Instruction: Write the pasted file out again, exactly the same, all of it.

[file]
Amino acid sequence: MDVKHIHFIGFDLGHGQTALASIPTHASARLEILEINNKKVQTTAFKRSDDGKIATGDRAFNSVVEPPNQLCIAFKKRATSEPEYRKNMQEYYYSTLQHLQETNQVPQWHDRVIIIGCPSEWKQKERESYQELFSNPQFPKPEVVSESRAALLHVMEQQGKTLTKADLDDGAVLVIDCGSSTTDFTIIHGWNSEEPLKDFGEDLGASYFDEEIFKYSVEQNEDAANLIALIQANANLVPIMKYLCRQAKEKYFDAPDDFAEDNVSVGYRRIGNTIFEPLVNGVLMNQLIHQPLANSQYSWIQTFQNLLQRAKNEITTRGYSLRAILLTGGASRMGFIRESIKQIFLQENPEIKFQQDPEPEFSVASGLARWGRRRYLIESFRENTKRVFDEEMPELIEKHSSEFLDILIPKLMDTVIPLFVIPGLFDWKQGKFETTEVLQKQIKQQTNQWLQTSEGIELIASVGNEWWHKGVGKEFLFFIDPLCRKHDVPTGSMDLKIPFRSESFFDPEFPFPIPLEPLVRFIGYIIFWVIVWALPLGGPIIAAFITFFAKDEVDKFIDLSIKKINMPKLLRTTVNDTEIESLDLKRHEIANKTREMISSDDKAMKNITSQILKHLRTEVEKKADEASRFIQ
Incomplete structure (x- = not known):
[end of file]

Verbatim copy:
Amino acid sequence: MDVKHIHFIGFDLGHGQTALASIPTHASARLEILEINNKKVQTTAFKRSDDGKIATGDRAFNSVVEPPNQLCIAFKKRATSEPEYRKNMQEYYYSTLQHLQETNQVPQWHDRVIIIGCPSEWKQKERESYQELFSNPQFPKPEVVSESRAALLHVMEQQGKTLTKADLDDGAVLVIDCGSSTTDFTIIHGWNSEEPLKDFGEDLGASYFDEEIFKYSVEQNEDAANLIALIQANANLVPIMKYLCRQAKEKYFDAPDDFAEDNVSVGYRRIGNTIFEPLVNGVLMNQLIHQPLANSQYSWIQTFQNLLQRAKNEITTRGYSLRAILLTGGASRMGFIRESIKQIFLQENPEIKFQQDPEPEFSVASGLARWGRRRYLIESFRENTKRVFDEEMPELIEKHSSEFLDILIPKLMDTVIPLFVIPGLFDWKQGKFETTEVLQKQIKQQTNQWLQTSEGIELIASVGNEWWHKGVGKEFLFFIDPLCRKHDVPTGSMDLKIPFRSESFFDPEFPFPIPLEPLVRFIGYIIFWVIVWALPLGGPIIAAFITFFAKDEVDKFIDLSIKKINMPKLLRTTVNDTEIESLDLKRHEIANKTREMISSDDKAMKNITSQILKHLRTEVEKKADEASRFIQ
Incomplete structure (x- = not known):